Author Dan Wells is back with the sequel to the sci-fi blockbuster Partials, which Pittacus Lore called a "thrilling sci-fi adrenaline rush, with one of the most compelling and frightening visions of Earth's future I've seen yet." After discovering the cure for RM, Kira Walker sets off on a terrifying journey into the ruins of postapocalyptic America and the darkest desires of her heart in order to uncover the means—and a reason—for humanity's survival. Dan Wells extends his richly imagined, gritty world and introduces new memorable characters in this second installment in the Partials Sequence.
“We got to talking”—so David Antin begins the introduction to Radical Coherency, embarking on the pursuit that has marked much of his breathless, brilliantly conversational work. For the past forty years, whether spoken under the guise of performance artist or poet, cultural explorer or literary critic, Antin’s innovative observations have helped us to better understand everything from Pop to Postmodernism. Intimately wedded to the worlds of conceptual art and poetics, Radical Coherency collects Antin’s influential critical essays and spontaneous, performed lectures (or “talk pieces”) for the very first time, capturing one of the most distinctive perspectives in contemporary literature. The essays presented here range from the first serious assessment of Andy Warhol published in a major art journal, as well as Antin’s provocative take on Clement Greenberg’s theory of Modernism, to frontline interventions in present debates on poetics and fugitive pieces from the ’60s and ’70s that still sparkle today—and represent a gold mine for art historians of the period. From John Cage to Allan Kaprow, Mark Rothko to Ludwig Wittgenstein, Antin takes the reader on an idiosyncratic, personal journey through twentieth-century culture with his trademark antiformalist panache—one thatwill be welcomed by any fan of this consummate trailblazer.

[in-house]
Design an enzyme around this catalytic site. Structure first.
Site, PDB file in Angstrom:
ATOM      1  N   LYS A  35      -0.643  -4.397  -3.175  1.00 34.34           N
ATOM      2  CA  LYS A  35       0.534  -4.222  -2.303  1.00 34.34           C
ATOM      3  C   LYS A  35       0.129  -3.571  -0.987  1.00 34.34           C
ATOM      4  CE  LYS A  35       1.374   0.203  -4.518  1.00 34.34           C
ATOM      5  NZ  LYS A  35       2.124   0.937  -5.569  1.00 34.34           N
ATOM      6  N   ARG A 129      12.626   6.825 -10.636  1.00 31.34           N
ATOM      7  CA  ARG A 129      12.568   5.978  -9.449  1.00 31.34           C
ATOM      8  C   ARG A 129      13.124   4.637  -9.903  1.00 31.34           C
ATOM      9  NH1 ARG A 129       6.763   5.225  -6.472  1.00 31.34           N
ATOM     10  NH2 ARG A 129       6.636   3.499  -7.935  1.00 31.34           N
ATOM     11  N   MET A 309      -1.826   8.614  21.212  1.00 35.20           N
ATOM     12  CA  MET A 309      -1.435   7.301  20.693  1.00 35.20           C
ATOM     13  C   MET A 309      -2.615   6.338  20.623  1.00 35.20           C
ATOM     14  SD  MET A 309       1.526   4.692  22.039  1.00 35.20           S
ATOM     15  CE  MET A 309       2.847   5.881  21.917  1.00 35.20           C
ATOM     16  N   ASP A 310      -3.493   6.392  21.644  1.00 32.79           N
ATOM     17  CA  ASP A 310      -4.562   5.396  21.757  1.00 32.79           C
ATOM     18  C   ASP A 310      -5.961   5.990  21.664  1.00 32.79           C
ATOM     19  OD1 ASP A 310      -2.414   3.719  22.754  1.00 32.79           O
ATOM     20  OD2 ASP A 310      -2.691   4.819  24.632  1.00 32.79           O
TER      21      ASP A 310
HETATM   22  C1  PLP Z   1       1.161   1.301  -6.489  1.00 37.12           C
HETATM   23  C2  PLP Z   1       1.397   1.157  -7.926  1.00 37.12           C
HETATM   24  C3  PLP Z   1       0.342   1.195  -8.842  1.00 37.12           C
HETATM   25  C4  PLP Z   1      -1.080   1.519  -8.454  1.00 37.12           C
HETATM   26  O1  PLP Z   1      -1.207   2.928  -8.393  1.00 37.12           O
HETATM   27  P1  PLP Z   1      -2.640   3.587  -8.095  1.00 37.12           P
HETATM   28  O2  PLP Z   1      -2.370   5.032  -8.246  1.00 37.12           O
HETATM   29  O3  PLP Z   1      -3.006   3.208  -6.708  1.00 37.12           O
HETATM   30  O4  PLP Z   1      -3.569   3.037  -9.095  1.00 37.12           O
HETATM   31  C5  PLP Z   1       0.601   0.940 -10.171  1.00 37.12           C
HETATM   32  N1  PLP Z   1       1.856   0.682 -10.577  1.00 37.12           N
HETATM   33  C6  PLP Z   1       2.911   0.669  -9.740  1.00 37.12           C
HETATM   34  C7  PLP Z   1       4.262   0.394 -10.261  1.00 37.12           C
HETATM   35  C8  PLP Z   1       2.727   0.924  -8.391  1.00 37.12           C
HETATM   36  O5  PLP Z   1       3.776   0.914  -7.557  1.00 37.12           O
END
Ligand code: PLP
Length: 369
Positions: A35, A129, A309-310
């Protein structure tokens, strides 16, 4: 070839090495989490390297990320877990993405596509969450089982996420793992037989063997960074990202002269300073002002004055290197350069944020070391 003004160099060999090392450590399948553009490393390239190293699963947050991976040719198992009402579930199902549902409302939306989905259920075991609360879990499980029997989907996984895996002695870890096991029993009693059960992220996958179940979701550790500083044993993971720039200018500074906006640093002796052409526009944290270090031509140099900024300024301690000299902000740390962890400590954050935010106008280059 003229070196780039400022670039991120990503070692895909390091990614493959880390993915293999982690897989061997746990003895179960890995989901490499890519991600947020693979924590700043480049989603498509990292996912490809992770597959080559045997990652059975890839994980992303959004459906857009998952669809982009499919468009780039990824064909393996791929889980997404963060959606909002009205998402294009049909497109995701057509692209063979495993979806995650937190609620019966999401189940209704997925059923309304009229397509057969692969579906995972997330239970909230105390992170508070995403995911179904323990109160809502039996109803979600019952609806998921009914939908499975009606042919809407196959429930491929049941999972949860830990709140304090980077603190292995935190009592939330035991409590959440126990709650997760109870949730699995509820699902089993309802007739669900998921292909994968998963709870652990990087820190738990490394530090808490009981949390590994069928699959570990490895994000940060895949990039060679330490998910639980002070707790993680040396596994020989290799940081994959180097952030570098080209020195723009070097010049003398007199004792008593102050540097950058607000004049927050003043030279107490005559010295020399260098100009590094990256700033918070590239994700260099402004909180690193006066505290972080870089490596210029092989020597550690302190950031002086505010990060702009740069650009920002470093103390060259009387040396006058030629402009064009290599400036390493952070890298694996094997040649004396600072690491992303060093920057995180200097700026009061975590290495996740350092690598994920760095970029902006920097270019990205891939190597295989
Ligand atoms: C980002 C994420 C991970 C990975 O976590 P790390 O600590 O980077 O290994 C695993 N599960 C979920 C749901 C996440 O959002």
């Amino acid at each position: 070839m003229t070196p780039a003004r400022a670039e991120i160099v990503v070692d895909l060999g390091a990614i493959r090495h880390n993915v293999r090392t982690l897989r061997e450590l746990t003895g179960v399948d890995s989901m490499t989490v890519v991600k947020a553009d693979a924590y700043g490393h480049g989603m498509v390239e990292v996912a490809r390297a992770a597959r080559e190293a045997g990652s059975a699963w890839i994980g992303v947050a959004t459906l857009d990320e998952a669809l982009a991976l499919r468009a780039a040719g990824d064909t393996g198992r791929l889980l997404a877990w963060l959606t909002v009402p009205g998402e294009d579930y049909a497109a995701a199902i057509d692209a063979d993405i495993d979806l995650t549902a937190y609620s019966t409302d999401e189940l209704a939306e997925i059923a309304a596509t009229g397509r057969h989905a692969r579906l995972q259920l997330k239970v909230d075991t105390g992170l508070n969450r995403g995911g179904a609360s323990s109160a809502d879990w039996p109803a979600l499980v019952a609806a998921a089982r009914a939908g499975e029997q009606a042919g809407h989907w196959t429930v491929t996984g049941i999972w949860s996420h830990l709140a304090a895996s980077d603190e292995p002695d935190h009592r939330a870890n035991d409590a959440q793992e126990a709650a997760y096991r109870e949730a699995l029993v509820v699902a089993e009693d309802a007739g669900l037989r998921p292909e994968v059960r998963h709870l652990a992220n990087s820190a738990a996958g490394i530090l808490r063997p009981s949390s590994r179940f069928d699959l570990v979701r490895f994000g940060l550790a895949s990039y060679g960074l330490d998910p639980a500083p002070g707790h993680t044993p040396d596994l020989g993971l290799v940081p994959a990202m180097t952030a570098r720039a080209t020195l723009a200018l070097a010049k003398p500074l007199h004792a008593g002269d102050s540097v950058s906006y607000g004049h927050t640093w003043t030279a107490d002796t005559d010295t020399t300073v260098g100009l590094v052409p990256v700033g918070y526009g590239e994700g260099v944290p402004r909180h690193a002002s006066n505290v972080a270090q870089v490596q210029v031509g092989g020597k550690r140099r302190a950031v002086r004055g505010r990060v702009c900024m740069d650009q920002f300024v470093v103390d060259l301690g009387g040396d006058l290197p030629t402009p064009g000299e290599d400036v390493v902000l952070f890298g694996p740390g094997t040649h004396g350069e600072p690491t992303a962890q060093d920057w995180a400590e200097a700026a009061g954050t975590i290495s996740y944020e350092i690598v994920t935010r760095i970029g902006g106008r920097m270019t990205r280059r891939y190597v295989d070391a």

A poetic evocation of the French diplomat's encounters and experiences, filtered through the one constant in his life—Venice.Diplomat, writer and poet, traveller and socialite, friend of Proust, Giraudoux and Malraux, Paul Morand was out of the most original writers of the twentieth century. He was French literature's globe-trotter, and his delightful autobiography is far from being yet another account of a writer's life. Instead it is a poetic evocation of certain scenes among Morand's rich and varied encounters and experience, filtered through the one constant in his life—the one place to which he would always return—Venice.Admired both by Ezra Pound and by Marcel Proust as a pioneer craftsman of Modernist French prose (...) The sheer shapeliness of his prose recalls Hemingway; the urbanity of his self-destructiveness compares with Fitzgerald's; and his camera eye is as lucidly stroboscopic as that of Dos Passos. He is, like Victor Segalen, Blaise Cendrars, Valery Larbaud, and Saint-John Perse, one of the great nomads of 20th-century French literature, racing through the apocalypse with the haste and glamor of an Orient Express. It is a pity we should have had to wait this long to catch up with him. --The New York TimesVenices is balanced by the sharpness of the imagery. He writes in a melancholy vein of the loves, jealousies and regrets he has experienced in Venice ... Exquisitely translated, Venices is a travel memoir of the highest order. -- IAN THOMSON, Sunday Times
In this book, the author draws us to the pulsing heart of Mexico, into its ancient but still living myths. To reveal the hidden meanings of these myths with their strange and wonderful symbolism, he brings to bear his gift for intuitive imagination as well as a broad knowledge of anthropology, Jungian psychology, Eastern and esoteric religions, even astrology.